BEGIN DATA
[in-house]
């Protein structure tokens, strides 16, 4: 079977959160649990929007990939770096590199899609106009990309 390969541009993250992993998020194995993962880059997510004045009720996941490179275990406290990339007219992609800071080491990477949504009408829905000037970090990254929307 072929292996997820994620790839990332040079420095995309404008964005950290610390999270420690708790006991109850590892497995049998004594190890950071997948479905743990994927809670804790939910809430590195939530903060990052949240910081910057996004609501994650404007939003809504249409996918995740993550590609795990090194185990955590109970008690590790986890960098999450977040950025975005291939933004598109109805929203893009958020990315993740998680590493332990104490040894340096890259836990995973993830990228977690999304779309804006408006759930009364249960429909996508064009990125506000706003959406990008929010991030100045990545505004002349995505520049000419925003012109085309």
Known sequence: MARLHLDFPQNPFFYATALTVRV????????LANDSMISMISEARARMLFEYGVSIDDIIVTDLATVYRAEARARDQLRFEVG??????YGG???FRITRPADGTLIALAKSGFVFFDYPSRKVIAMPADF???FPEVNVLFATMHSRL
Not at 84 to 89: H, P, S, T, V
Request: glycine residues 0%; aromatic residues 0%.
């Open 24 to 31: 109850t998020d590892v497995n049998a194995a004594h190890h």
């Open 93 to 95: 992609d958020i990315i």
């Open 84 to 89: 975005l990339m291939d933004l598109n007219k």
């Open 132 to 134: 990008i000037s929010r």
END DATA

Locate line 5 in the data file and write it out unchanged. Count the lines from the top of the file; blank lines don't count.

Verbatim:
Request: glycine residues 0%; aromatic residues 0%.